There is a marvelous feature by Judith McGinn on Cliff Abrams in last week's Skaneateles Journal. If you haven't read it, I encourage you to dig it out of your recycle bin or go online to skaneatelesjournal.com/articles/2010/07/21/news/village/village01.txt.
I'd like to add a sweet note to McGinn's finely executed piece about the well-versed Skaneateles government watchdog.
When I went to cover the municipal board meeting last week, it was a lonely village hall without the usual fanfare or chairs set in place for an audience. Instead, seven very smart engineer types were sitting around a rectangle table covered in papers and maps discussing water flow and overflow, wattage, solar power, wastewater treatment, water meters, hydrant locations, groundwater, water usage returns, snow melt factors, percolation and pipe diameters. It was quite fascinating and foreign. What they are hoping to do is get the "institutional information" onto paper, so they really know where the village stands when it discusses deals with future developers and modifications to existing properties.
Previously, the village depended on costly outside engineering studies on a per-project basis. Or, worse, relied on information reported by engineers working for the developers.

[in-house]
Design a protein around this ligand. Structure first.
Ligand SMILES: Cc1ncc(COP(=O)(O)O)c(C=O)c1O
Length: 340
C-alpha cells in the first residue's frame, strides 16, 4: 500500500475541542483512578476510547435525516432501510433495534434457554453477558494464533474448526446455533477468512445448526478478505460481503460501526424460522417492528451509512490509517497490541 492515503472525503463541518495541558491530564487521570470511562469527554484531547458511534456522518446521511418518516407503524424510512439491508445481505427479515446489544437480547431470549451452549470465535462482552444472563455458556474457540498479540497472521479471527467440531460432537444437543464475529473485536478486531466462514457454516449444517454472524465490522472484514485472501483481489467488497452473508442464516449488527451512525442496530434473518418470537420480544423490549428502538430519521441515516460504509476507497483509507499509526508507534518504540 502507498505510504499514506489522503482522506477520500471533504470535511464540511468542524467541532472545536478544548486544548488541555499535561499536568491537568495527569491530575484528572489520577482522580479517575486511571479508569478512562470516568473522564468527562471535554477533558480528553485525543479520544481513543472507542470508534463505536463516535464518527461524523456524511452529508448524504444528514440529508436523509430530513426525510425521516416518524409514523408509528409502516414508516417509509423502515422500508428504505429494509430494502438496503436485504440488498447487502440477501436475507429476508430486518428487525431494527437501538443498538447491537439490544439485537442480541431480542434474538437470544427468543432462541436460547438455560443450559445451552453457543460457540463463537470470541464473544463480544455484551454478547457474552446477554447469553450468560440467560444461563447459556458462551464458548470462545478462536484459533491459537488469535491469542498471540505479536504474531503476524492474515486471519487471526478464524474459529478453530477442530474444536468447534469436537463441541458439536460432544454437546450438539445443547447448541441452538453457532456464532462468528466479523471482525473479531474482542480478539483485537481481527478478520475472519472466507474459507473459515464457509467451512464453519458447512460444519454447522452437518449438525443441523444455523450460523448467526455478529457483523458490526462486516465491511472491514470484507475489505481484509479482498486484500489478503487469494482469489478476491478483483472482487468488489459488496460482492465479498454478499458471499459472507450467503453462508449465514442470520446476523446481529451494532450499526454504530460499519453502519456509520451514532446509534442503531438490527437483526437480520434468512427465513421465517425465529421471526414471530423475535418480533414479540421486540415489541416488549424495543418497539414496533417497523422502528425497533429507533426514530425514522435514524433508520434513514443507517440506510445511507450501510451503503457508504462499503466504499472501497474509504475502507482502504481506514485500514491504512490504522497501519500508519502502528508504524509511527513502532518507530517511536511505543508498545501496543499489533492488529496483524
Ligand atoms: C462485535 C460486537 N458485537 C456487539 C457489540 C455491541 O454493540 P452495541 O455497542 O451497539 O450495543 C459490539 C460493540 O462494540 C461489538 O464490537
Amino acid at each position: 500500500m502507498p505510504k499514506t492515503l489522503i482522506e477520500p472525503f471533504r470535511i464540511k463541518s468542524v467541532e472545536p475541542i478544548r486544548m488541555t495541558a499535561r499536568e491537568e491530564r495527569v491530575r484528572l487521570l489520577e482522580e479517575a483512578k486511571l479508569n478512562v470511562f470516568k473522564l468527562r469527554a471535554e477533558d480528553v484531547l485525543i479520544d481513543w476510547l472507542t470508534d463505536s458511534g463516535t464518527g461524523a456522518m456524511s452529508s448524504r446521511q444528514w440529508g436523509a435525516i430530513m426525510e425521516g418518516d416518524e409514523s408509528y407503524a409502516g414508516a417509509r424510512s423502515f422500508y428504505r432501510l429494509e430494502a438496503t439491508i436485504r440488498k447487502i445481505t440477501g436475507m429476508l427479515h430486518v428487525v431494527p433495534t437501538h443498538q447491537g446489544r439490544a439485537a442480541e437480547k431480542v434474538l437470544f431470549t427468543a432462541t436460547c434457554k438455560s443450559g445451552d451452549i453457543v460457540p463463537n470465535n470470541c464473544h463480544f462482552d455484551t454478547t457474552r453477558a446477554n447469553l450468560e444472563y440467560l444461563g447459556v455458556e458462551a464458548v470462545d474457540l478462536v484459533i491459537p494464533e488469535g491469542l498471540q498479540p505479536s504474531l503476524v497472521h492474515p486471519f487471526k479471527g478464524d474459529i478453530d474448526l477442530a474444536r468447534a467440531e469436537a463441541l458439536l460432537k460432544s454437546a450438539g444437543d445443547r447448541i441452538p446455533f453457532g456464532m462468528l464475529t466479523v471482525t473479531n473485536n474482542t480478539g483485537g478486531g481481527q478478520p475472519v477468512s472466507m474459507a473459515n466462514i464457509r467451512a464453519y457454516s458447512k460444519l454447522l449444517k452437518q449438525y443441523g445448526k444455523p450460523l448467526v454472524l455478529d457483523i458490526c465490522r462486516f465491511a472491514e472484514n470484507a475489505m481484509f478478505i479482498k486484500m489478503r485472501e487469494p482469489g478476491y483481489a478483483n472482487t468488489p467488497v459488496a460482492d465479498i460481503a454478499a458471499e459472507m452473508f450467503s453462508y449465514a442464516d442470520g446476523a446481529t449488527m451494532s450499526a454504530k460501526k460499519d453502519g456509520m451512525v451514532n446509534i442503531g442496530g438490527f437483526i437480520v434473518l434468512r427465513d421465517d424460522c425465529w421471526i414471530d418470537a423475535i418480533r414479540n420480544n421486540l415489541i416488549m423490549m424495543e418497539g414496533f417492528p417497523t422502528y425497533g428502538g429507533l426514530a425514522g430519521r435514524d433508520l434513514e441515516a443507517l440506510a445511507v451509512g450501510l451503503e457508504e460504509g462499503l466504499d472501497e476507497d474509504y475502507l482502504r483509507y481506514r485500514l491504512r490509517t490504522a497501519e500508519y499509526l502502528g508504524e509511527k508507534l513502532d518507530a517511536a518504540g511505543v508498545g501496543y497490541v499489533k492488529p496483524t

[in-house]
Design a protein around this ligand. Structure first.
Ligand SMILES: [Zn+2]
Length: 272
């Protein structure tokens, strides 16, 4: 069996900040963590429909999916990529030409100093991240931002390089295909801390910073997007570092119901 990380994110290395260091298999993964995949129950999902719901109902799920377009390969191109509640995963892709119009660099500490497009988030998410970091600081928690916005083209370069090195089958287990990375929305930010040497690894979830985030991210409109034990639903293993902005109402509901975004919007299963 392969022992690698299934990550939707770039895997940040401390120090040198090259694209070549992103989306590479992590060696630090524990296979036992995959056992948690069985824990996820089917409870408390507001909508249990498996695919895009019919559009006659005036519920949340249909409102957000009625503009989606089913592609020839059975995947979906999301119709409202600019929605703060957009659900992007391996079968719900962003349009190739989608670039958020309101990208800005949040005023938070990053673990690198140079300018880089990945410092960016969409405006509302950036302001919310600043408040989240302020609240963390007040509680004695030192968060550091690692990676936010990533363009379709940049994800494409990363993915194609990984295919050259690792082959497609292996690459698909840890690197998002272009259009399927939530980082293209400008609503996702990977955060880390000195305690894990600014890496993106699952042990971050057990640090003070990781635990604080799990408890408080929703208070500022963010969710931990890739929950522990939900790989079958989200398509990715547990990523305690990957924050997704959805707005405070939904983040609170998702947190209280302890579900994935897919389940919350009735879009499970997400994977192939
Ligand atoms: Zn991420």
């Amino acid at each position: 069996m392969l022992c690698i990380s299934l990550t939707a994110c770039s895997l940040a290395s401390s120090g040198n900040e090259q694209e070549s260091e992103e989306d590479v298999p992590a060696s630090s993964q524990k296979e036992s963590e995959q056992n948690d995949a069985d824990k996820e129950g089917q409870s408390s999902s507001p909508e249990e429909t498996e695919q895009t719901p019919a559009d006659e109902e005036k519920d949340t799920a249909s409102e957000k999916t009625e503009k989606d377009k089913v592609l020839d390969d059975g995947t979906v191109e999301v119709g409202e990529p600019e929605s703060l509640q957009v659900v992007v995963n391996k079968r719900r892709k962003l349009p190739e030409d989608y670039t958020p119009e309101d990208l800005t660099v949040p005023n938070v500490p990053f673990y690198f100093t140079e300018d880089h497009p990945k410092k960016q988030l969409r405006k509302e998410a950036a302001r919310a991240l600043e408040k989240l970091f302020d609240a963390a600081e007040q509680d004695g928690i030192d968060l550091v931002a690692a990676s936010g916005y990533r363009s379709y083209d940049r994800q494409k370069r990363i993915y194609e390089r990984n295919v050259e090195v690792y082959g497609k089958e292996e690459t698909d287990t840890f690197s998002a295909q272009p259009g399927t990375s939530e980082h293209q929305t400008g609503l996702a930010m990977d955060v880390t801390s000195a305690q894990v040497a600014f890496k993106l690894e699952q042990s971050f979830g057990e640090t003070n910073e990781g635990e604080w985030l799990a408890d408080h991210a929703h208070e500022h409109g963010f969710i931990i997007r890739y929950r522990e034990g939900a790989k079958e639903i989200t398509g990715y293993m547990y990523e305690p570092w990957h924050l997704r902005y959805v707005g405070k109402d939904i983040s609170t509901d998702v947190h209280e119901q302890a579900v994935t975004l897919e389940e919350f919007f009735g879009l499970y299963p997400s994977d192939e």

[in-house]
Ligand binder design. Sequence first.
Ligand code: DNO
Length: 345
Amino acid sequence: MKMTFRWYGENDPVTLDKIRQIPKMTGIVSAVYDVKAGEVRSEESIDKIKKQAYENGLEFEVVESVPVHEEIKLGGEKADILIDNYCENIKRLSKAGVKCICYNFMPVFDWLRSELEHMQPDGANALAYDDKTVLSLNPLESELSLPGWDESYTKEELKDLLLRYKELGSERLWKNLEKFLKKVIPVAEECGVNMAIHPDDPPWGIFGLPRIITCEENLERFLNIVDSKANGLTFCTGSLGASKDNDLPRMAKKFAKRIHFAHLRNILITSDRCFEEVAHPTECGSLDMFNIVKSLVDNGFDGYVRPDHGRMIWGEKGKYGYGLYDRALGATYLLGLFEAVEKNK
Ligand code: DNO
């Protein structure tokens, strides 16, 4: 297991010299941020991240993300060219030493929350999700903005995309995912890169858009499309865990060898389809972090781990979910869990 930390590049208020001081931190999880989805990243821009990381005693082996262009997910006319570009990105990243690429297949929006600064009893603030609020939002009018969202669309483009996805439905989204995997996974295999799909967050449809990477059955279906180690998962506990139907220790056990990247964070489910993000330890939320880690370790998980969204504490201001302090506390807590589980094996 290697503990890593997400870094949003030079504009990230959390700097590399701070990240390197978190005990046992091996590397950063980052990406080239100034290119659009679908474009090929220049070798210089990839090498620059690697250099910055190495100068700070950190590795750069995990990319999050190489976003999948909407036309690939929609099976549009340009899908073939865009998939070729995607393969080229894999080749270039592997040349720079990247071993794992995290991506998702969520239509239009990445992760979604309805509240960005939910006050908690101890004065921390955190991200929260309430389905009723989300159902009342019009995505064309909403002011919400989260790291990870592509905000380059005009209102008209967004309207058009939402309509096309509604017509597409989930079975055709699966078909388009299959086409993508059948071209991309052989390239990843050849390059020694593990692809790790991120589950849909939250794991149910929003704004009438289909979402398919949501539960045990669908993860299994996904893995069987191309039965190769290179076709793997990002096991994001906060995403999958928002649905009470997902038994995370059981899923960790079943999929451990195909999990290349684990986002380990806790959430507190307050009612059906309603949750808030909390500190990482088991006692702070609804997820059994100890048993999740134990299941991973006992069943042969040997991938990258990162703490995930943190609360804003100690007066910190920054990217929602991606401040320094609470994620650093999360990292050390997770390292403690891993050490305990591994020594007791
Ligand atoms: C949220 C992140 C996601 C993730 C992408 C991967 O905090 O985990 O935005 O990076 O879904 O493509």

"Institutional information" was explained to me as the knowledge hands-on-employees carry around in their heads, or knowledge passed down from previous employees, on the gut feeling of how the systems work and what it can handle based on their experience on the job. This board is interested in gathering and recording that data for planning purposes.
"We'll have this tool for capital improvements, we won't have to hire consultants, should save us thousands of dollars," said Bob Lotkowictz, Skaneateles Municipal Operations Director.
In the village hall that night there was also one chair taken out of the stacks for a lone observer. It was, of course, Cliff Abrams. He sat quietly for more than two hours drinking in the complex conversation, with only an occasional Starlite mint for distraction.